The chestnut tree, or kashtan, is the symbol of Kyiv, and it appears everywhere – on the old 1-hryvnia coin, on metro tokens (now a thing of the past), and on the city’s coat of arms. Any song, poem or painting about Kyiv is highly likely to feature chestnuts. However, not many people know the legend behind the symbol – a classic tale of miscommunication and ingenuity.
The first official sighting of a chestnut tree in Kyiv was in 1826 by Berlinskyi, a famous researcher of the time. Among the walnut, apricot and other fruit trees, he spotted an ornamental tree blossoming with white and pink pyramid-shaped flowers. It was growing in Podil, and had presumably been brought from Hungary. No one knows exactly who first had the idea of importing a tree from Hungary to Ukraine, but it did cause quite a stir.
Before you start dreaming about chestnuts roasting on an open fire, let us remind you that these ones are inedible (Kyiv’s trees are of the horse-chestnut variety, a source of visual rather than culinary pleasure).
The trees made their first appearance in the upper part of the city in the 1830s and 40s, when governor-general Bibikov – the Klitschko of the time – commissioned a boulevard in his own name (better known today as Tarasa Shevchenka Boulevard). This new architectural attraction was planned to coincide with Tsar Nicholas I’s visit to Kyiv. Hundreds of chestnut trees were planted along it, from the circus to Bessarabka. The boulevard still looks much the same today, but one question remains: what happened to the chestnuts?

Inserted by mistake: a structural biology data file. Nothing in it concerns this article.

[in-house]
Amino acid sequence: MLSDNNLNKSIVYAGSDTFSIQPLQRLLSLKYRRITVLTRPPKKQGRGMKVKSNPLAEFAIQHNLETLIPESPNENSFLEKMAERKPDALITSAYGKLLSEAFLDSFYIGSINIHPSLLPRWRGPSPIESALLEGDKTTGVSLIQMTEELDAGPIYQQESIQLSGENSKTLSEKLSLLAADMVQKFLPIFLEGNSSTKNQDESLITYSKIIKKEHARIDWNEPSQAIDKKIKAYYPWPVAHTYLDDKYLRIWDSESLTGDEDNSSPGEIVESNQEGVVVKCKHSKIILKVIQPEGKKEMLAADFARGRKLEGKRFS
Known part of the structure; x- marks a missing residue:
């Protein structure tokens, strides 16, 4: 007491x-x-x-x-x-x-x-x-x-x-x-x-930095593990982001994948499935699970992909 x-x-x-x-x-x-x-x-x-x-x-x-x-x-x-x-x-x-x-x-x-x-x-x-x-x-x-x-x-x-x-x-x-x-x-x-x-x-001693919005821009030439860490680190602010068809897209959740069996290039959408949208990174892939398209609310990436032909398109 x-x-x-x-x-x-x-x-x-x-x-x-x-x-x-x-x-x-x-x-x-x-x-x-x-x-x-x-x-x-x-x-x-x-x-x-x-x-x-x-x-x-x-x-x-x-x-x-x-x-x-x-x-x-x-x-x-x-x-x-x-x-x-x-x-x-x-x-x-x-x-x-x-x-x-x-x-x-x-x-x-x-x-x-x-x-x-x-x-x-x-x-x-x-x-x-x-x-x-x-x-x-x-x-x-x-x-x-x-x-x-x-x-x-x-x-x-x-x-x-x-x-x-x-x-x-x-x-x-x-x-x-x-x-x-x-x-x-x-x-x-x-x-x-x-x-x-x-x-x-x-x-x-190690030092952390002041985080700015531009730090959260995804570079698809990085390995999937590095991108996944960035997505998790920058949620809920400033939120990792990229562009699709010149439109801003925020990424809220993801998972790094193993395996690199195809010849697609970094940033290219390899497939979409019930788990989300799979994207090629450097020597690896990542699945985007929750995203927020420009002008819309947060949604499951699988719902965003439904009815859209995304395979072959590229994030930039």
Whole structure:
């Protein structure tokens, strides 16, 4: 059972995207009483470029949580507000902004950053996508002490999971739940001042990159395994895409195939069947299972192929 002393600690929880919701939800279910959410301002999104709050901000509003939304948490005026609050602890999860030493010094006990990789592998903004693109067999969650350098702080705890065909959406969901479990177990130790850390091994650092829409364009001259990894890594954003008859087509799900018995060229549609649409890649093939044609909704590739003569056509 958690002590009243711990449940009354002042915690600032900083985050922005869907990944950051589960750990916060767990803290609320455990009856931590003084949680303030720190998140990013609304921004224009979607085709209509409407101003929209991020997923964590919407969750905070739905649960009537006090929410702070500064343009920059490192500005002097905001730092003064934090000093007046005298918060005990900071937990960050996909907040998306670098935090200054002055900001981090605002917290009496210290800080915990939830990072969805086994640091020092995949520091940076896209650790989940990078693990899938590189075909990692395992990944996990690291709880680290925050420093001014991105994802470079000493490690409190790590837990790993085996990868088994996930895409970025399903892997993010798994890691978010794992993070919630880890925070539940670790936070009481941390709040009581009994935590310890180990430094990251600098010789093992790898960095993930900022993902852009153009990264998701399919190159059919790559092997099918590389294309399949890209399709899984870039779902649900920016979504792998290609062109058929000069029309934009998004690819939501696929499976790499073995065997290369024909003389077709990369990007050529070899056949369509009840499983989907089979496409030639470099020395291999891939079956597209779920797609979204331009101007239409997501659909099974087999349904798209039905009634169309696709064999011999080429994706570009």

Bibikov was so proud of his boulevard that he sent a messenger to Tsar Nicholas – then in Zhytomyr – to inform him of the great news. After reading the note, the Tsar grimaced and told the messenger to get lost. On hearing this, Bibikov, fearful for his job, ordered all the chestnut trees to be uprooted immediately.
In the course of one night, the whole boulevard was replanted with poplars, which stand there to this day. New trees overnight: a victory for Bibikov. The problem was, what should be done with 200 fully-grown trees in the middle of a city? How could they be disposed of overnight? Inventive as always, Kyivans took the trees to replant in their courtyards. Chestnut trees spread across the city faster than a viral infection. Thus Kyiv’s symbol was born, the result of a single grimace.
Legend has it that Bibikov later recounted this story to Tsar Nicholas, who recalled having grimaced that day after being stung by a bee. His expression had had nothing to do with the trees which subsequently proliferated across Kyiv to become the lasting symbol of the city.